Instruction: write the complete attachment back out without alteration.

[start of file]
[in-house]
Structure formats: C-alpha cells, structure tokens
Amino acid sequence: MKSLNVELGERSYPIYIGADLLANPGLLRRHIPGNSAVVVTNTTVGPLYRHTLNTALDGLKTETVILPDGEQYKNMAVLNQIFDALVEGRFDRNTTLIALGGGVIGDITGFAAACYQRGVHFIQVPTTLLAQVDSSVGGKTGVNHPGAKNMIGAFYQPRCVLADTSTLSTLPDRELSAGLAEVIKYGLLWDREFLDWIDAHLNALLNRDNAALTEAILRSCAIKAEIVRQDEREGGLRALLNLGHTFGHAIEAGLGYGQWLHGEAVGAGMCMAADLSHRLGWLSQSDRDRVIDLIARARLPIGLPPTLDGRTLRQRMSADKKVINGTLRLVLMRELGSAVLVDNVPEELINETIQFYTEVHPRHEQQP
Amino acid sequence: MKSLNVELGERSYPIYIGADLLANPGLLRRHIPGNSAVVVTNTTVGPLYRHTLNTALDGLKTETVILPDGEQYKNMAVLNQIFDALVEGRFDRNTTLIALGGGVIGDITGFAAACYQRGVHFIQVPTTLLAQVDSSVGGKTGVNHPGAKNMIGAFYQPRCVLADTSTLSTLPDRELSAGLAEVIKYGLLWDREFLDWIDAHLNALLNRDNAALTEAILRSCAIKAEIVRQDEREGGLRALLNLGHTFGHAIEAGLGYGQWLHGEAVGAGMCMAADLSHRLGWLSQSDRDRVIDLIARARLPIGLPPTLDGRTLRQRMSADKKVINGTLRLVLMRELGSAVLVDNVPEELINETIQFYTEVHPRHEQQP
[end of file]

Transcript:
[in-house]
Structure formats: C-alpha cells, structure tokens
Amino acid sequence: MKSLNVELGERSYPIYIGADLLANPGLLRRHIPGNSAVVVTNTTVGPLYRHTLNTALDGLKTETVILPDGEQYKNMAVLNQIFDALVEGRFDRNTTLIALGGGVIGDITGFAAACYQRGVHFIQVPTTLLAQVDSSVGGKTGVNHPGAKNMIGAFYQPRCVLADTSTLSTLPDRELSAGLAEVIKYGLLWDREFLDWIDAHLNALLNRDNAALTEAILRSCAIKAEIVRQDEREGGLRALLNLGHTFGHAIEAGLGYGQWLHGEAVGAGMCMAADLSHRLGWLSQSDRDRVIDLIARARLPIGLPPTLDGRTLRQRMSADKKVINGTLRLVLMRELGSAVLVDNVPEELINETIQFYTEVHPRHEQQP
Amino acid sequence: MKSLNVELGERSYPIYIGADLLANPGLLRRHIPGNSAVVVTNTTVGPLYRHTLNTALDGLKTETVILPDGEQYKNMAVLNQIFDALVEGRFDRNTTLIALGGGVIGDITGFAAACYQRGVHFIQVPTTLLAQVDSSVGGKTGVNHPGAKNMIGAFYQPRCVLADTSTLSTLPDRELSAGLAEVIKYGLLWDREFLDWIDAHLNALLNRDNAALTEAILRSCAIKAEIVRQDEREGGLRALLNLGHTFGHAIEAGLGYGQWLHGEAVGAGMCMAADLSHRLGWLSQSDRDRVIDLIARARLPIGLPPTLDGRTLRQRMSADKKVINGTLRLVLMRELGSAVLVDNVPEELINETIQFYTEVHPRHEQQP